Figures of Speech

Some of Longinus’ Figures (C/O Professor Geoff Sirc, University of Minnesota)

Amplification: techniques to expand a simple sentence

  • Hyperbole: self-conscious exaggeration, not to be understood literally
  • Correctio: making straight, setting right;  e.g., correction of word or phrase used previously (epanorthosis): “That it should come [to this]!/ But two months dead, nay, not so much, not two.”, or preparing the way for saying something the speaker knows will be unpleasant to his auditors (diorthosis): “Although I realize how offensive this will sound, it is something that must be said.”
  • Accumulatio: heaping up praise or accusation to emphasize or summarize points or inferences already made: “He is the betrayer of his own self-respect, and the waylayer of the self-respect of others; covetous, intemperate, irascible, arrogant; disloyal to his parents, ungrateful to his friends . . .”
  • Interrogatio (also erotesis): a questioning; rhetorical question implying strong affirmation or denial: “Oh heavens! is’t possible a young maid’s wits/Should be as mortal as an old man’s life?”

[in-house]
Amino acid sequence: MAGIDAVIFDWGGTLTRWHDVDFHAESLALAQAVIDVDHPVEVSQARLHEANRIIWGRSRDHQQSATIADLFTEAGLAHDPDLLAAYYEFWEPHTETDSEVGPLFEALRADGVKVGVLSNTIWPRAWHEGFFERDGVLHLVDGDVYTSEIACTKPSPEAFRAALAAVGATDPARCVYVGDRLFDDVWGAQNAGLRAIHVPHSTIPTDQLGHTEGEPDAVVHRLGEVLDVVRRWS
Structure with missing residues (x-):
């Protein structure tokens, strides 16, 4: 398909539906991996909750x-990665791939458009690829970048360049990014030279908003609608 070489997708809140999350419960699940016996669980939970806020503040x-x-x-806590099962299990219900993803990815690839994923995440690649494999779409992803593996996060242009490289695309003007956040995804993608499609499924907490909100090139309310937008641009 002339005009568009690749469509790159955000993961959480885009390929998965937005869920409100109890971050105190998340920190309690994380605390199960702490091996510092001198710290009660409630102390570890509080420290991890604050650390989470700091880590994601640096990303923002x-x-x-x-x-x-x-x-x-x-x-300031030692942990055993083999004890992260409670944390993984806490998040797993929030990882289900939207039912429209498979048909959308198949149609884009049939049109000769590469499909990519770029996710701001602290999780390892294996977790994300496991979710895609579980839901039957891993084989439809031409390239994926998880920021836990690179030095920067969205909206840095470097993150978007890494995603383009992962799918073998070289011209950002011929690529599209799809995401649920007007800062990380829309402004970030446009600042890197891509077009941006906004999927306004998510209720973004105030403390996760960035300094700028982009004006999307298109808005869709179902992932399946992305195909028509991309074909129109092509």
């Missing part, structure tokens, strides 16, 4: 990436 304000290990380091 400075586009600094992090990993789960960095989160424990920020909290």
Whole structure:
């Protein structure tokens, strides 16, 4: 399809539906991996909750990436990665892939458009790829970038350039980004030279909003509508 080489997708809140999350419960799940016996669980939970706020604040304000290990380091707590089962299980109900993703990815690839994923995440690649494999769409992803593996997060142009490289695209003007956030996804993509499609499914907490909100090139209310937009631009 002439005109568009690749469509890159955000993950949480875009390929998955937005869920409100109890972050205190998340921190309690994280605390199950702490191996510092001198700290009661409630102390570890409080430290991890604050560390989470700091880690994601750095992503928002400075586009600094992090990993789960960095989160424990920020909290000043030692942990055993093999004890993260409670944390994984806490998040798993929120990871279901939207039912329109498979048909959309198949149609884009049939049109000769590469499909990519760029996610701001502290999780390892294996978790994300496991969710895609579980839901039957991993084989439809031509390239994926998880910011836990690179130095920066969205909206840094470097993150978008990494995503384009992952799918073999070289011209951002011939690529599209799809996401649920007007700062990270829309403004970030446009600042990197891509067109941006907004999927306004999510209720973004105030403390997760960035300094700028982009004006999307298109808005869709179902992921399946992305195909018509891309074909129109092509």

• Antithesis: conjoining contrasting ideas: “He is no fool who gives what he cannot keep to gain that which he cannot lose” or “Serenity now; insanity later.”
  • Sententia: proverb, apothegm, maxim, gnome; a short, pithy statement of general truth “You don’t need a weatherman to know which way the wind blows,” or “He not busy being born is busy dying.”

Asyndeton: ‘unconnected’; omission of conjunctions between words, phrases, or clauses: “He was a bag of bones, a floppy doll, a broken stick, a maniac.” “Why, they’ve got ten volumes on suicide alone. Suicide by race, by color, by occupation, by sex, by seasons of the year, by time of day. Suicide, how committed: by poisons, by firearms, by drowning, by leaps. Suicide by leaps, subdivided by leaps from high places, under the wheels of trains, under the wheels of trucks, under the feet of horses, from steamboats.

Hyperbaton: ‘going beyond; [of words] transposed’; a generic figure of various forms of departure from ordinary word order, such as

  • anastrophe, which is unusual arrangement of words or clauses within a sentence: “Bloody thou art; bloody will be thy end” or “The helmsman steered, the ship moved on; / Yet never a breeze up blew”
  • parenthesis, which means ‘to put in beside’ and refers to a word, phrase, or sentence inserted as an aside in a sentence complete in itself
  • epergesis, which is appositio, or placing two nouns together without a verb, the second defining the first: I know that in me, that is, in my flesh, dwelleth no good thing

Polyptoton: employment of the same word in various cases, repetition of words from the same root with different endings; e.g., choosy mothers choose Jif


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